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The separation of church and critics

Sunday, December 22, 2002

On the 11th of this month, at the Motherhouse of the Sisters of Divine Providence in the North Hills, he spoke to several hundred people during a program sponsored by the Association of Pittsburgh Priests.

The Motherhouse was, for his appearance, not just any random port on the far perimeters of a continuing storm.

"It's always been the case that when others fail you in the church, the sisters will always come through," Richard McBrien was saying on the phone the other day. "They're very courageous, and they're not going to let anyone push them around."

The sponsors of McBrien's speech had apparently been pushed around a bit. They'd wanted a suitable place at Duquesne University and were rebuffed.

"That's right," McBrien said. "The reply from Duquesne was that they didn't want to be seen as taking a negative stand toward the church. And in spite of several requests, there was no answer from La Roche [College], sort of a pocket veto. When the sisters found out it was going nowhere, they offered the Motherhouse."

This little unreported dustup, in its own way, is highly illustrative of the conflict between different political strata within the Catholic Church. The local priests' association and this particular pocket of nuns obviously wanted to hear McBrien talk about the sexual abuse scandal he calls the greatest crisis facing the Church since the Reformation. Others just as clearly did not want to hear him, and I would suppose there's something to be said for the position that one thing the Church needn't be doing right now is providing forums for its critics.

But Richard McBrien is not exactly your generic crank. He is, rather, the Rev. Richard McBrien, professor of theology at Notre Dame and a prolific author on church subjects dating to the '60s. His works include "Religion and Politics in America" (1987), "Lives of the Popes" (1997) and "The HarperCollins Encyclopedia of Catholicism" (1995), for which he was general editor.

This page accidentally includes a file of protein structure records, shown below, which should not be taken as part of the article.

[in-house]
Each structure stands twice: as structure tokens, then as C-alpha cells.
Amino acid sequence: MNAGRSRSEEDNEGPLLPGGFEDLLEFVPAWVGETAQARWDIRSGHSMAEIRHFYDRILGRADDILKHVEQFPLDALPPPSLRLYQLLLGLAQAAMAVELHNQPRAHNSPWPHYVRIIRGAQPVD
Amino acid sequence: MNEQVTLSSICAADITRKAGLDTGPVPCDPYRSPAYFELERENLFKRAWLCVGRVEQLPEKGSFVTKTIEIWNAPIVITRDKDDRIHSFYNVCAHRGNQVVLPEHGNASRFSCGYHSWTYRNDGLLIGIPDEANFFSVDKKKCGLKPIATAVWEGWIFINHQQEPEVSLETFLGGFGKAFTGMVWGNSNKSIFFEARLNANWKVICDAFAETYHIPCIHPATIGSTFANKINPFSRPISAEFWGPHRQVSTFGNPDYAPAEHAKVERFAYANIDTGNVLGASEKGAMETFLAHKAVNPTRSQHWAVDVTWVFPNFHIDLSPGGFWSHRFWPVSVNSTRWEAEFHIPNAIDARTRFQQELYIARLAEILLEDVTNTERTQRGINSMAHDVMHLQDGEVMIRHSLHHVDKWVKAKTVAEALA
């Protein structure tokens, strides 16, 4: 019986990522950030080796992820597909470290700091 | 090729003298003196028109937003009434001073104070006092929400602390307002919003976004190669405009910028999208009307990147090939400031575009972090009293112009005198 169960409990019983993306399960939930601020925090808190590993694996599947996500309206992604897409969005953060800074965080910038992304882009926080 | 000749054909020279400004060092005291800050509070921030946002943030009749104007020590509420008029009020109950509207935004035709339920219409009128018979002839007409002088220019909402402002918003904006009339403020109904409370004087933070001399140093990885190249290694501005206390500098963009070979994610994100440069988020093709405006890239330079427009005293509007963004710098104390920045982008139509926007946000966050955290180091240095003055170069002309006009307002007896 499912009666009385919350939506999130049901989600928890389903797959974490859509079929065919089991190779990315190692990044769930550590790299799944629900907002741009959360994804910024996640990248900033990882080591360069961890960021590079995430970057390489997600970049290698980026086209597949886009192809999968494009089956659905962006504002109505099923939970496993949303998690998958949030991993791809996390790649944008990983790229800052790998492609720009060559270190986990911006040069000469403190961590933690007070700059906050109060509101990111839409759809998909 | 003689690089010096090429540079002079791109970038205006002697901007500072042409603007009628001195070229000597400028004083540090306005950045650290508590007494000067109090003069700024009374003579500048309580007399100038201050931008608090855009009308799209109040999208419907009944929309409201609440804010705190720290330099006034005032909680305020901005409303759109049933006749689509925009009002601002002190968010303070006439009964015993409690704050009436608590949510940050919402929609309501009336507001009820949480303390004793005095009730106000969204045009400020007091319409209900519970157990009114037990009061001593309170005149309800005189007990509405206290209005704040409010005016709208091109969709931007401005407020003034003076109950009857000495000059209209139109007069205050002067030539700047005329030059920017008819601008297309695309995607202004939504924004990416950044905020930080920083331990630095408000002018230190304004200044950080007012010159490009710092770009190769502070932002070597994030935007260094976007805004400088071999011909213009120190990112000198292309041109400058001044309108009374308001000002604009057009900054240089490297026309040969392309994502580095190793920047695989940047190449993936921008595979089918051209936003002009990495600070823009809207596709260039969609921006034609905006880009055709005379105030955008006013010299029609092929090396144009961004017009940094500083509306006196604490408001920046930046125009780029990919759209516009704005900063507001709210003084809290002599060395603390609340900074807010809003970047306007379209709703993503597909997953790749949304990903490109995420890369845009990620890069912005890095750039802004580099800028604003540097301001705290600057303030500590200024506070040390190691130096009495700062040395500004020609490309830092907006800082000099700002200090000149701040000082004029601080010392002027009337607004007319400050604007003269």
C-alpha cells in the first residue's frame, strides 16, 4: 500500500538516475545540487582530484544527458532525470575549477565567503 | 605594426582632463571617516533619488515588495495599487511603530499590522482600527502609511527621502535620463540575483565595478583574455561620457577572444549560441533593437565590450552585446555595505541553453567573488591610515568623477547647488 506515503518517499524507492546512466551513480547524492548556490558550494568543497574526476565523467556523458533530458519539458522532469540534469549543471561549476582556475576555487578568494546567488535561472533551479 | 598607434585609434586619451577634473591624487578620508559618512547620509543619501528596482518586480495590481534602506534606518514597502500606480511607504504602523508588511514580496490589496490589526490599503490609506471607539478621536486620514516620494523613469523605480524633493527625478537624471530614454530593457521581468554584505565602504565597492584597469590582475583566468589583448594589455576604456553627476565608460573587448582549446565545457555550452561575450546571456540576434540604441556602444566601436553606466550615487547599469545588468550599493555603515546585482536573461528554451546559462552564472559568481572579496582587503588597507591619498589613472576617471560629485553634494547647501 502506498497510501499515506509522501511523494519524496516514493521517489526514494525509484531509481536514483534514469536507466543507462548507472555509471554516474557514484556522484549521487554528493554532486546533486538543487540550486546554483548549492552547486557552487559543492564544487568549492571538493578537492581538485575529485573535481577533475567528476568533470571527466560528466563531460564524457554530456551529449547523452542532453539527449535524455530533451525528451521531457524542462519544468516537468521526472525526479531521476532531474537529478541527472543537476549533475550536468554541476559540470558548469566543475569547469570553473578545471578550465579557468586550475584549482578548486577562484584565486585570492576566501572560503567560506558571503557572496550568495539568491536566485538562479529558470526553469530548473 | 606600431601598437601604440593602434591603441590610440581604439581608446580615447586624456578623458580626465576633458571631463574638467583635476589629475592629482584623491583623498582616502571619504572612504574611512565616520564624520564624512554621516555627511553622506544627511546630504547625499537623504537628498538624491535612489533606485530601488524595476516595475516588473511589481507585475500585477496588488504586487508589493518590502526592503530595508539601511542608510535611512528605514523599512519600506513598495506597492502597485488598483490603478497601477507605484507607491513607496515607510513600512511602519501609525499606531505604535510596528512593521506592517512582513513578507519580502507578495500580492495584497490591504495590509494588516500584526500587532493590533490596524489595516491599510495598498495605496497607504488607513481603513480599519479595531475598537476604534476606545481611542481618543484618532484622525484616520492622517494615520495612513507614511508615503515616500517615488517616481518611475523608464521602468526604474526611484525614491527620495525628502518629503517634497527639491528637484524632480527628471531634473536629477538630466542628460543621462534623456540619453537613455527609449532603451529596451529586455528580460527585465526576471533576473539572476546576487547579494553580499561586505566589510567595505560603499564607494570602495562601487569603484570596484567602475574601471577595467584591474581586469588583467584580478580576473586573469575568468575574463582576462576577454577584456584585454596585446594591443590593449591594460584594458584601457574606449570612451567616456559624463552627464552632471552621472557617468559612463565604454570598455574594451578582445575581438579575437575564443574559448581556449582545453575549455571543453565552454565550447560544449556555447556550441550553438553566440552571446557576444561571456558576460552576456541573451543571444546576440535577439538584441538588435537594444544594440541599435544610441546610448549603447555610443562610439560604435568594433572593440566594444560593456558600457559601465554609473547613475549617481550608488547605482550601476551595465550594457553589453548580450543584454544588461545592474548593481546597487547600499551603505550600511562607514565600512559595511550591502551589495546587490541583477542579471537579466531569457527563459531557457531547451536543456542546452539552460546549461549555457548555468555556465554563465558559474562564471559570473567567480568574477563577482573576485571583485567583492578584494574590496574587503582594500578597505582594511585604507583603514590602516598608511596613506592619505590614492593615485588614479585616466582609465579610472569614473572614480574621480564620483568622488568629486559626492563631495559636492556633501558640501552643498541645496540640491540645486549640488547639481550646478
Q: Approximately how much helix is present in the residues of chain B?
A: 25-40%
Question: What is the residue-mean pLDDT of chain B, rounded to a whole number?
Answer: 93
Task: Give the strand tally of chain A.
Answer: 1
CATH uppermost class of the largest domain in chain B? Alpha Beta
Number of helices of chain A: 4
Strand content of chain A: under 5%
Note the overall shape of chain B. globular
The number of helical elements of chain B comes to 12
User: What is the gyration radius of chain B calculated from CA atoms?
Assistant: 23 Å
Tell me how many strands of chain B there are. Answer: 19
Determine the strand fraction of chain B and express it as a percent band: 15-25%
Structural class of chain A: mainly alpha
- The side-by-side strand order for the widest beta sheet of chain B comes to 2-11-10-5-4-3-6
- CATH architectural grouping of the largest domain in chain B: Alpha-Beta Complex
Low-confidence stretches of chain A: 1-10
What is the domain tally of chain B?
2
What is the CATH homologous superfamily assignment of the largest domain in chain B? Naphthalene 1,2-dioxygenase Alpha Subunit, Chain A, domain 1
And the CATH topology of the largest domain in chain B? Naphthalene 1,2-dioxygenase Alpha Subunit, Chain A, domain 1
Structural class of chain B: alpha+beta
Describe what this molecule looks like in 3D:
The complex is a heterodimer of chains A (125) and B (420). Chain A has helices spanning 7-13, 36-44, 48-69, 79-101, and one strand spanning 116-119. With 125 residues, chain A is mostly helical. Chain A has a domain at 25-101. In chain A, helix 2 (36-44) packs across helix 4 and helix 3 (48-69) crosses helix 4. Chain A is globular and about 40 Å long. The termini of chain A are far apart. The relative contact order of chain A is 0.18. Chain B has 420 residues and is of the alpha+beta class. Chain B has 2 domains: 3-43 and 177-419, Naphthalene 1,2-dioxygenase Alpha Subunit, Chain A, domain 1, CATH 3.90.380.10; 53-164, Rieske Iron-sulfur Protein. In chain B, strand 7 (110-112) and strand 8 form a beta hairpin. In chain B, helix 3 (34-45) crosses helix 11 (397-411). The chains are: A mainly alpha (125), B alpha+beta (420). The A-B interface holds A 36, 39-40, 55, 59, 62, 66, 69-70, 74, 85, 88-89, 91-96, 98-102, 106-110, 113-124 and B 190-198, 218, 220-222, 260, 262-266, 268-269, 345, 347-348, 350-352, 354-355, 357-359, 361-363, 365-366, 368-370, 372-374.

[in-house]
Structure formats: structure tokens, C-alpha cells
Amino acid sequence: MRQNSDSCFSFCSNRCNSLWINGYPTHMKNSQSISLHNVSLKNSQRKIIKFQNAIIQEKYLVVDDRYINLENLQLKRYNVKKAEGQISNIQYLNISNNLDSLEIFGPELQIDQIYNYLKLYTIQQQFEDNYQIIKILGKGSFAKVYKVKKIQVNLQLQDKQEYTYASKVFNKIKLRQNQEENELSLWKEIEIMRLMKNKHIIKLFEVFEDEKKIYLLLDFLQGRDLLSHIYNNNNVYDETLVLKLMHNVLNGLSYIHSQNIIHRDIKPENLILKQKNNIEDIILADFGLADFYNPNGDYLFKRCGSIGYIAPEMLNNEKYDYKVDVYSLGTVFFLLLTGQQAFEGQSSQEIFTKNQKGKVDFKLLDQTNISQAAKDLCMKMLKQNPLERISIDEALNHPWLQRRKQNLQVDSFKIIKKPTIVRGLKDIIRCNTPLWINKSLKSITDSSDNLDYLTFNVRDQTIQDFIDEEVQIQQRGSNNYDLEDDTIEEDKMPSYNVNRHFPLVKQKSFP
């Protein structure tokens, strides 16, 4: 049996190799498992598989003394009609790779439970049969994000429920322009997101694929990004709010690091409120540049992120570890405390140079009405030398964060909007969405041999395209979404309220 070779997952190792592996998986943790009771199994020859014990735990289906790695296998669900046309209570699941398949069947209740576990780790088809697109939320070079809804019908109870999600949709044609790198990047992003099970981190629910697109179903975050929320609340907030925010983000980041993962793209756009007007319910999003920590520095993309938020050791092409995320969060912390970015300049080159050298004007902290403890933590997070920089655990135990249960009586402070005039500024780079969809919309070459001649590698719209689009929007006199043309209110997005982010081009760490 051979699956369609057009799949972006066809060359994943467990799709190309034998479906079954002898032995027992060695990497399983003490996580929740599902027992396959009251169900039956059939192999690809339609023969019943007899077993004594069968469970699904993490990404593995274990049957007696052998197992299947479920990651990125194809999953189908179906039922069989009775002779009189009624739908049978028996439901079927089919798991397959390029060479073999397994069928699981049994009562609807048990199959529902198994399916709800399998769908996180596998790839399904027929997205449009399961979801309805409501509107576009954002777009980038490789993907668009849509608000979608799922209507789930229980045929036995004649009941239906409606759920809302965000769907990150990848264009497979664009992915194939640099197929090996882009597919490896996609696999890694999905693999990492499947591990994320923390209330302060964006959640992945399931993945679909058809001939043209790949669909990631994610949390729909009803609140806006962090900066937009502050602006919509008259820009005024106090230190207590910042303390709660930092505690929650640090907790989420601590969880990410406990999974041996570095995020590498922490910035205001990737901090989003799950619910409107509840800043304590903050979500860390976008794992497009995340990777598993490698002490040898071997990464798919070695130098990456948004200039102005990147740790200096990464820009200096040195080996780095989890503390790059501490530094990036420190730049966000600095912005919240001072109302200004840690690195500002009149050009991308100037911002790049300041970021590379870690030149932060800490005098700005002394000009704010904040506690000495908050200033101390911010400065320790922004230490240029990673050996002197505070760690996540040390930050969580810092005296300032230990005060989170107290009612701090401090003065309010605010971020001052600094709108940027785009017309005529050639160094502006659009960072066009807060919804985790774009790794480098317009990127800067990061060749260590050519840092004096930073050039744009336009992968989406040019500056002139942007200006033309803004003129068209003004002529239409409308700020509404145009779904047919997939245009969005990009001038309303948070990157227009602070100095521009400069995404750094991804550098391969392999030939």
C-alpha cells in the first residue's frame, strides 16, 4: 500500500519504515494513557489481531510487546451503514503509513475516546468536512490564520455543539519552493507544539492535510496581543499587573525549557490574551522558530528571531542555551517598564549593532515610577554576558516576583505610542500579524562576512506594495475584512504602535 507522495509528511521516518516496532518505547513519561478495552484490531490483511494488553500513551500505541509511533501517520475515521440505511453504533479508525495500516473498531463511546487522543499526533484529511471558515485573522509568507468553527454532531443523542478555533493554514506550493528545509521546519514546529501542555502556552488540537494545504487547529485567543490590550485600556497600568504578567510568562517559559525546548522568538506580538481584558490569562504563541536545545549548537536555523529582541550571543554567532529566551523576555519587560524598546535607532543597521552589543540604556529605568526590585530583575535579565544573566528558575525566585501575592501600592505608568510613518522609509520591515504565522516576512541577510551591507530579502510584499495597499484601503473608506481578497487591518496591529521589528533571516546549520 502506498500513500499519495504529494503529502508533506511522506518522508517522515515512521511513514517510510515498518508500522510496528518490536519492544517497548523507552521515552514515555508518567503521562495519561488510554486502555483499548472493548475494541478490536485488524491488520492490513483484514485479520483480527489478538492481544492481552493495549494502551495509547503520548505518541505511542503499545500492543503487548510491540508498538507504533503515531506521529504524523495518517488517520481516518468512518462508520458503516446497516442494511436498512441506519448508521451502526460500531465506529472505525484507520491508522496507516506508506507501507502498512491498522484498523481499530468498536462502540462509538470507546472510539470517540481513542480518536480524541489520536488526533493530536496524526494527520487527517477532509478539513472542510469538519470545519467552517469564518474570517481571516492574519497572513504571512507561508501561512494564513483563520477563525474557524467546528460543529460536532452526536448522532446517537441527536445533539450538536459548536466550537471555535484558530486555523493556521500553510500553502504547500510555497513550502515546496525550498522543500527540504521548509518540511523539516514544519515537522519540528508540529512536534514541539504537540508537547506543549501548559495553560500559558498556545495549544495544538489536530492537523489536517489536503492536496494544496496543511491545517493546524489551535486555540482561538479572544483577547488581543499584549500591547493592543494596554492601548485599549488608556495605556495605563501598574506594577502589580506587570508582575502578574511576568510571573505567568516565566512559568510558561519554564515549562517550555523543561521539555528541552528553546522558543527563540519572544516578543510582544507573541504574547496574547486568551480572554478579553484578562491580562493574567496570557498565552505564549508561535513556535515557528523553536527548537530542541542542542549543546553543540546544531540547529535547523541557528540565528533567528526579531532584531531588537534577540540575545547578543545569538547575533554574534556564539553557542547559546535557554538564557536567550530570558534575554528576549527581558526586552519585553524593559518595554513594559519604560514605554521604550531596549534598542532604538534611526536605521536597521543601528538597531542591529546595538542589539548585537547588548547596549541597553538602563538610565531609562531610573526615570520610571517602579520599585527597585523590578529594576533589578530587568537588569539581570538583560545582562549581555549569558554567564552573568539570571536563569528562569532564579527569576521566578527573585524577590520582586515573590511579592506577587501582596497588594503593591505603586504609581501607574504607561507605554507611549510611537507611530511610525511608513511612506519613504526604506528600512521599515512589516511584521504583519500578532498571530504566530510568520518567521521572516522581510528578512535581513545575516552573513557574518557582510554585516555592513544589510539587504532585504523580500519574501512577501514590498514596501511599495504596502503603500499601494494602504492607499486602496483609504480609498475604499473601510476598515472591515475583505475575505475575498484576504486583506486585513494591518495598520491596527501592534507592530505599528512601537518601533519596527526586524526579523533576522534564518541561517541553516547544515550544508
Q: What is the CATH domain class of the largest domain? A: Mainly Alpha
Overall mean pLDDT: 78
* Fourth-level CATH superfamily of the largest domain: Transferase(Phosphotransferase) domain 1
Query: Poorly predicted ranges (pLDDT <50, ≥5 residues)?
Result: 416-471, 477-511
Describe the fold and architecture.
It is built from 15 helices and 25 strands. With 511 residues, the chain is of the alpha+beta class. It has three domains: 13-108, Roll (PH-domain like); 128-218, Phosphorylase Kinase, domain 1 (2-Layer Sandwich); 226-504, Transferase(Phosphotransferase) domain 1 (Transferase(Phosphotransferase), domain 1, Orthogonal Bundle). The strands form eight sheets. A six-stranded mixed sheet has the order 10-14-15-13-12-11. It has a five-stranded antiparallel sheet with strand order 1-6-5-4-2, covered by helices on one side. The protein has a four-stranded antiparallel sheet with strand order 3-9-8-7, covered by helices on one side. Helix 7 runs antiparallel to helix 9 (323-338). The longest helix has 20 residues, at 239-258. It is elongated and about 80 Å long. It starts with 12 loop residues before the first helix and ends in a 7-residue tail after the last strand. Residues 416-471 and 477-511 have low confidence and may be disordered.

His message today isn't terribly optimistic. I asked him specifically if he thought 2003 would be a better year for the Church.

"Probably not," he said without much hesitation. "I say that because the resignation of Cardinal [Bernard] Law is by no means the beginning of the end of the controversy. This problem is not confined to Boston, nor is the behavior confined to Cardinal Law. It's a national and even a global problem and, as you know, the majority of bishops handle cases in the same way; they're using the same book. Most of these bishops are programmed to put the reputation of the institutional church ahead of all else. It's not because they don't care or that they are perverse; it's that they are hand-picked to protect the institutional church."

Early last week in Connecticut, a promising signal appeared to have been fired by Bishop William E. Lori, who helped write the newly approved sexual abuse protocols. Bishop Lori got the resignations of three pastors on sex abuse charges that were not a month old, which is the kind of active response too rare in the American church hierarchy, and especially by the Vatican.

"The Vatican is one word that describes a lot of people, including many high-ranking Catholic Church officials who are anti-American, which is why they at first dismissed all this as an American problem," Father McBrien said. "It was, 'Well, what do you expect from a sex-crazed society?' The reaction was also anti-Semitic in that several of these officials believe it was all pumped up and inflated by the media, some saying privately by Jewish-owned media."

Among the documents coming to light in Boston last week and putting the final political dagger in Cardinal Law was a letter supposedly translated from the pope's own words on the matter of an Ohio priest whom the pope recommended be transferred to a place where his "condition" wasn't known. But the pope supposedly said further that the priest need not be moved if a scandal could be avoided. I asked Father McBrien if he believed that.

"Of course I believe it," he said adamantly. "That just confirms what I've been saying, that these men were picked with their prime directive being to avoid scandal."

Their spectacular failure, of course, amounts to little next to the suffering of their victims.

Gene Collier can be reached at gcollier@post-gazette.com or 412-263-1283.

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